High Frequency Trading Regulation Should Promote Deep Markets

Monday, August 30, 2010

robot on keyboardSenator Ted Kaufman has been a leader in critically assessing the impacts of high frequency trading on today's financial markets. Kaufman wrote a letter to the SEC on August 5th highlighting key issues the Commission should review. Most notably, Kaufman argues that "regulation should aim not to facilitate narrow spreads with little size or depth of orders, but instead promote deep order books". A deeper market will create greater stability and confidence for investors.

The purpose of equity markets

Kaufman starts his letter by restating what the Chairman of the SEC, Mary Shapiro, has said are the market's two primary functions. First, "capital formation, so companies can raise capital to invest, create jobs and grow" and second, "attracting and serving long-term investors to help facilitate the capital formation process". While this is clearly the underlying purpose of financial markets, traders have long served the role of making markets and providing liquidity to improve the efficiency of moving capital between stocks and markets.

Rethinking years of regulatory goals

For a long time now, accepted wisdom has been that regulators should aim for lower transaction costs by fostering competition between brokerages for commissions and by improving liquidity to narrow spreads. Yet, is it possible we have reached a point of diminishing returns?
Wider spreads with a large protected quote size on both sides may facilitate certainty of execution with predictable transparent costs. Narrow fluctuating spreads, on the other hand, with small protected size and thin markets, can mean just the opposite -- and actual trading costs can be high, hidden and uncertain. Deep stable markets will bring back confidence, facilitate the capital formation function of the markets and diminish the current dependence on the dark pool concept. At a minimum, the Commission must carefully scrutinize and empirically challenge the mantra that investors are best served by narrow spreads. In reality, narrow spreads of small order size may be an illusion that masks a very 'thin crust' of liquidity (which leaves market vulnerable to another flash crash when markets fail their price discovery function only next time within the bound of circuit breakers) and difficult-to-measure price impacts (that might be harmful to the average investors and which diminish investor confidence). [emphasis mine]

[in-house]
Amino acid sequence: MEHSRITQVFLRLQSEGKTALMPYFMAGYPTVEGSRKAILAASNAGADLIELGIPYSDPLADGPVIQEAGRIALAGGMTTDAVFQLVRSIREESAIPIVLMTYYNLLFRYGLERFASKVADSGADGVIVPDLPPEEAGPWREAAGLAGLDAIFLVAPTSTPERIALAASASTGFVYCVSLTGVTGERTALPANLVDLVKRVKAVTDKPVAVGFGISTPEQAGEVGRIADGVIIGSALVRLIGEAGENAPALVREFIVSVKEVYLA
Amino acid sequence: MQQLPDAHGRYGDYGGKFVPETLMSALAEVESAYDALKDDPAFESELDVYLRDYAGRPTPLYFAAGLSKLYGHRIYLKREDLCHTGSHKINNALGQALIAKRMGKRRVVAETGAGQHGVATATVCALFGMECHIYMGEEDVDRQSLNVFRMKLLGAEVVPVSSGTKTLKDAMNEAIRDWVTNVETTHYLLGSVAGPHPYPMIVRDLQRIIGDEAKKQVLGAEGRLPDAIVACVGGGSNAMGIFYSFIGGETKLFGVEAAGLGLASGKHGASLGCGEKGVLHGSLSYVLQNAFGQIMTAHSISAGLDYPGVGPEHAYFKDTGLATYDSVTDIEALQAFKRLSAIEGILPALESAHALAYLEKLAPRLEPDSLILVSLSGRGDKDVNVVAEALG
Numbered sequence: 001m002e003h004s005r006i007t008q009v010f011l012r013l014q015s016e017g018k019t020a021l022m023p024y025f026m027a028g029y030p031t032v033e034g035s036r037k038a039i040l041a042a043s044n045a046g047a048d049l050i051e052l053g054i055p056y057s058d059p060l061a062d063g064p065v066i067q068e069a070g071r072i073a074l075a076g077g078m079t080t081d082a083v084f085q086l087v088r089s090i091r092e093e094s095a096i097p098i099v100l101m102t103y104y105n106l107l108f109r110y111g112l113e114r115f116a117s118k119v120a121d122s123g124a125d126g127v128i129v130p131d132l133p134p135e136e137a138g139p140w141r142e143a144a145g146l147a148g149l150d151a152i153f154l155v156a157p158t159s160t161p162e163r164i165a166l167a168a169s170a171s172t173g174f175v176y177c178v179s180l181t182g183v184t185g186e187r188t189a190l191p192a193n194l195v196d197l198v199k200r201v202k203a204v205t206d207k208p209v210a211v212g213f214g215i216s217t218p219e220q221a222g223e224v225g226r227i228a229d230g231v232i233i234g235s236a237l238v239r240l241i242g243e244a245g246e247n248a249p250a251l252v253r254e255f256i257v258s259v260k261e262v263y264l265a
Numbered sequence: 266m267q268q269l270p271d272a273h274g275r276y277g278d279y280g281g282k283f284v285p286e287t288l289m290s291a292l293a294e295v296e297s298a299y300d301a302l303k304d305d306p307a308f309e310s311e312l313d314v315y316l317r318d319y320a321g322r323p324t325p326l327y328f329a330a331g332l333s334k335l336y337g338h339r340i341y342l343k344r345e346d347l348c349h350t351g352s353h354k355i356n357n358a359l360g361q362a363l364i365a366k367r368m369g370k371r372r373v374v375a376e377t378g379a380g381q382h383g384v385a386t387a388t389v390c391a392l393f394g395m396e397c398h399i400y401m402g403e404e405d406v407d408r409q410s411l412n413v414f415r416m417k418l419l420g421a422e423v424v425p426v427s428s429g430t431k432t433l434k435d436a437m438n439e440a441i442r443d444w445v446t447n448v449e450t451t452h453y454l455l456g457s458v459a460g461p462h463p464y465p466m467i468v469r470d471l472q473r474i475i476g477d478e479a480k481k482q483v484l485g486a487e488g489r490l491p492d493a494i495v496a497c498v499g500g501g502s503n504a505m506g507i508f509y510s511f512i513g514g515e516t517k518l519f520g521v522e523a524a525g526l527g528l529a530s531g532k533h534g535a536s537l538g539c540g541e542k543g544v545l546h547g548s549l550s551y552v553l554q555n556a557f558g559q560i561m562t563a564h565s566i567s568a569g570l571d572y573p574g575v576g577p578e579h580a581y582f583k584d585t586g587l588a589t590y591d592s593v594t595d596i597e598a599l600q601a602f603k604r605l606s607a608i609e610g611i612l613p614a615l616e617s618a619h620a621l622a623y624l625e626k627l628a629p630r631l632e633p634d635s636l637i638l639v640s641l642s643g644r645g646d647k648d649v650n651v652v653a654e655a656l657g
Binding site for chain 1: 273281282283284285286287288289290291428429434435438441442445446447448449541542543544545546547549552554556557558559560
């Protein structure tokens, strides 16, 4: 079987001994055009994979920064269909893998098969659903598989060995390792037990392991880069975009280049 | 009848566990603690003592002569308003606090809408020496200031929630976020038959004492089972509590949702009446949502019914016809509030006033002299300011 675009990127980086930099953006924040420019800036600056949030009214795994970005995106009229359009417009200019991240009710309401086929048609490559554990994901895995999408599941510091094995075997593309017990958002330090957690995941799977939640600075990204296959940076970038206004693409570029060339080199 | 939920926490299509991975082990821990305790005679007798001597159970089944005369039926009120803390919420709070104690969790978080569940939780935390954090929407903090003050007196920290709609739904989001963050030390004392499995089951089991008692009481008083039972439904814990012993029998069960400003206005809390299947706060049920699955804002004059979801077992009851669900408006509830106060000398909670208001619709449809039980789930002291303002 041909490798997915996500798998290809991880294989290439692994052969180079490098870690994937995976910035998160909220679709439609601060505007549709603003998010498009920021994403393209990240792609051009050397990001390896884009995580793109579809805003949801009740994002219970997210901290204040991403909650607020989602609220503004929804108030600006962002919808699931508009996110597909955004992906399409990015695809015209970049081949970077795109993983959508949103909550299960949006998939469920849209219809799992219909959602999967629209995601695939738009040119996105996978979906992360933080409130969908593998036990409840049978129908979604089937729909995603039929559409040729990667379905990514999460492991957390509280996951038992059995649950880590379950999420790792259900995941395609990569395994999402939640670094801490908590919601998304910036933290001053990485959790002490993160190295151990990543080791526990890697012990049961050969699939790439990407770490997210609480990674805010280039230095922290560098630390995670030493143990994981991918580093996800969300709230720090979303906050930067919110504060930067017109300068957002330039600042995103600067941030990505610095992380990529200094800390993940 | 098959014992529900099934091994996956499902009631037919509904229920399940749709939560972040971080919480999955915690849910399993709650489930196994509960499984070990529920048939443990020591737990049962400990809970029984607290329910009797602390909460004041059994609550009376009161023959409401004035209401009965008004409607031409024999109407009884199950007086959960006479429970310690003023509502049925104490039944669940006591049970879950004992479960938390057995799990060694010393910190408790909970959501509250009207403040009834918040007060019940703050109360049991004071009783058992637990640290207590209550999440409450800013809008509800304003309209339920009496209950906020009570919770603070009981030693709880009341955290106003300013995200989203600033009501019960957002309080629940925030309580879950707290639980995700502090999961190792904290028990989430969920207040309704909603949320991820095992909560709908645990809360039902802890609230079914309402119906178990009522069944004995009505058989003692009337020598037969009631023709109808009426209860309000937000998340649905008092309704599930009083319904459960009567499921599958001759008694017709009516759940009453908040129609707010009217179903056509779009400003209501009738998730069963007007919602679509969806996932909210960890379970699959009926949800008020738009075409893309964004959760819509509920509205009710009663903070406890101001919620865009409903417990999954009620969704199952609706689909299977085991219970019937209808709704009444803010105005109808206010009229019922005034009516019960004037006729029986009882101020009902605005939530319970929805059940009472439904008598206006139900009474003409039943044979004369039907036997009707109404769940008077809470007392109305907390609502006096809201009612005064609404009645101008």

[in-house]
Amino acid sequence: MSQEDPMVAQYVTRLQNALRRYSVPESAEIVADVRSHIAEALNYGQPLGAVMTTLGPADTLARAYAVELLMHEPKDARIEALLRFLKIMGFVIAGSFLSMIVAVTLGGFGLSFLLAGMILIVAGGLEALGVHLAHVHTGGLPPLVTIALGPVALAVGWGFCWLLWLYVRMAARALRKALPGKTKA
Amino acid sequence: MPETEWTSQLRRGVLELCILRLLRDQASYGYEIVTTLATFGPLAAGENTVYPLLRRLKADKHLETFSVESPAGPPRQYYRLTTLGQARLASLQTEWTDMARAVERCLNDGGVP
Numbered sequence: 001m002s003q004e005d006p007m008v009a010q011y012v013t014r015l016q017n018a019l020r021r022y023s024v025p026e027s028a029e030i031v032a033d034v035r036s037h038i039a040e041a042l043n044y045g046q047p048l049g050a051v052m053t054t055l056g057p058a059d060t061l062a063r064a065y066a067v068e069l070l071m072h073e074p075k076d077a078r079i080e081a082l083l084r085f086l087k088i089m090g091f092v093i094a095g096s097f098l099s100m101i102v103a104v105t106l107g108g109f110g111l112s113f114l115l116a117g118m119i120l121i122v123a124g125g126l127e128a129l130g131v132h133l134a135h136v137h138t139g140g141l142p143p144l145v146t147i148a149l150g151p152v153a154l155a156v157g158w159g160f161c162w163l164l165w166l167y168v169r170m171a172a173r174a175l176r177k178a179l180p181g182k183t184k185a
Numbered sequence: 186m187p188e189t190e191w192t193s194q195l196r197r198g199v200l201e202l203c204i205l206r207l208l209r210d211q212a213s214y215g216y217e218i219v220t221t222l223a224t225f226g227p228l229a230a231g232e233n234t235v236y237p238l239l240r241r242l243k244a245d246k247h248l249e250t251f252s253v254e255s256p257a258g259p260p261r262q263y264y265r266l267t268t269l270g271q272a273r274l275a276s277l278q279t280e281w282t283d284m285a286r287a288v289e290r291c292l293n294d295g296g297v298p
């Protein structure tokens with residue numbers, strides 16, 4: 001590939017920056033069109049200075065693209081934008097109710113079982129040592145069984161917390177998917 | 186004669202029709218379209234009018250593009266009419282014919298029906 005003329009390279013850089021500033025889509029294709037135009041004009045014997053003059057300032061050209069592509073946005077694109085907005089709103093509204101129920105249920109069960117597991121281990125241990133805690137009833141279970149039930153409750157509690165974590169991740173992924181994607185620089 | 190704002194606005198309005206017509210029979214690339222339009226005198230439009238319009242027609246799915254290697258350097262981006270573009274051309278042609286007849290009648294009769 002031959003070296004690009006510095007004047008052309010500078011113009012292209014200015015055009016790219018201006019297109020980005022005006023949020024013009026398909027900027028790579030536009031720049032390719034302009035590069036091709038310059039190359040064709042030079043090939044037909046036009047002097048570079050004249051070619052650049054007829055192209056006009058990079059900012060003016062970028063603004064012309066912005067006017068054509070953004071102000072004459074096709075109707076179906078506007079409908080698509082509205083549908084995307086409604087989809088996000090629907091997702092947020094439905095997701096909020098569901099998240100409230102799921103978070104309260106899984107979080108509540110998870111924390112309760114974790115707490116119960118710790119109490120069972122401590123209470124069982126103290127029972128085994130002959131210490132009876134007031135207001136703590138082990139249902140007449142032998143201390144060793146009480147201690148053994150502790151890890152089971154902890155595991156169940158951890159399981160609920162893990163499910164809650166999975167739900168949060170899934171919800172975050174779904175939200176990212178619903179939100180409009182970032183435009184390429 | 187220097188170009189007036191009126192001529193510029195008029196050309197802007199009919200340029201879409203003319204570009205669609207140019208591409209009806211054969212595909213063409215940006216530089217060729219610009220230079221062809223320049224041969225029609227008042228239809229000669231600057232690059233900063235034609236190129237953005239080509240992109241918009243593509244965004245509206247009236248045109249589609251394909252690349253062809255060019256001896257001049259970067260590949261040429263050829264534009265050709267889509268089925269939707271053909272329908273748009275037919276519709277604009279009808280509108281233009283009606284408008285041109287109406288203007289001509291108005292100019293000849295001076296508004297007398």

The narrow spreads fallacy can be witnessed by any active market participant executing orders. Sean Hendelman and I previously proposed an order cancellation tax which we believe would go a long way in exposing what is the real, wider spread and make the bid and offer more dependable and thus more efficient in the long run.

While a good number of studies have been released that purport to show that spreads have narrowed in the most liquid names, it is well worth considering whether that narrowing has actually improved the price discovery process. Meanwhile, opponents of HFT simply argue that the minor narrowing of spreads in already liquid stocks is irrelevant and the true problems are widening spreads in thinner securities. In that case, it is the worst of both worlds: wider spreads and less dependable quotes.

Explicit versus implicit costs of trading

Kaufman continues in his "Market Structure Solutions" attachment to the letter with nine wide-ranging, comprehensive suggestions, several of which I will discuss in future posts. On the spreads issue he succinctly summarizes his belief:
While some regulations might widen spreads and raise the explicit costs of trading, those outcomes along should not disqualify such rules from being considered. Indeed, policies designed to protect large quote sizes on the bid and offer and to mandate or incentivize significant resting liquidity be provided at multiple price points would result in wider spreads, but also offer greater certainty of execution and make trading costs more predictable and transparent for investors. Simply put, it may be better for investors to pay the spread they can see than the price impacts they cannot see or effectively measure. [emphasis mine]
It is crucial to understand that the costs of trading are both the explicit upfront fees as well as the implicit expense of poor execution of an order. Human traders have recognized the difficulty in executing large orders because of illusory bids and offers that cancel at a moment's notice coupled with the free-riding high frequency traders that snatch up liquidity alongside in hopes of profiting from the larger trader moving the price. The SEC should examine both costs and design regulation around reducing, or at least making transparent, total trading costs.

Brandon R. Rowley
"Chance favors the prepared mind."

*DISCLOSURE: No relevant positions.
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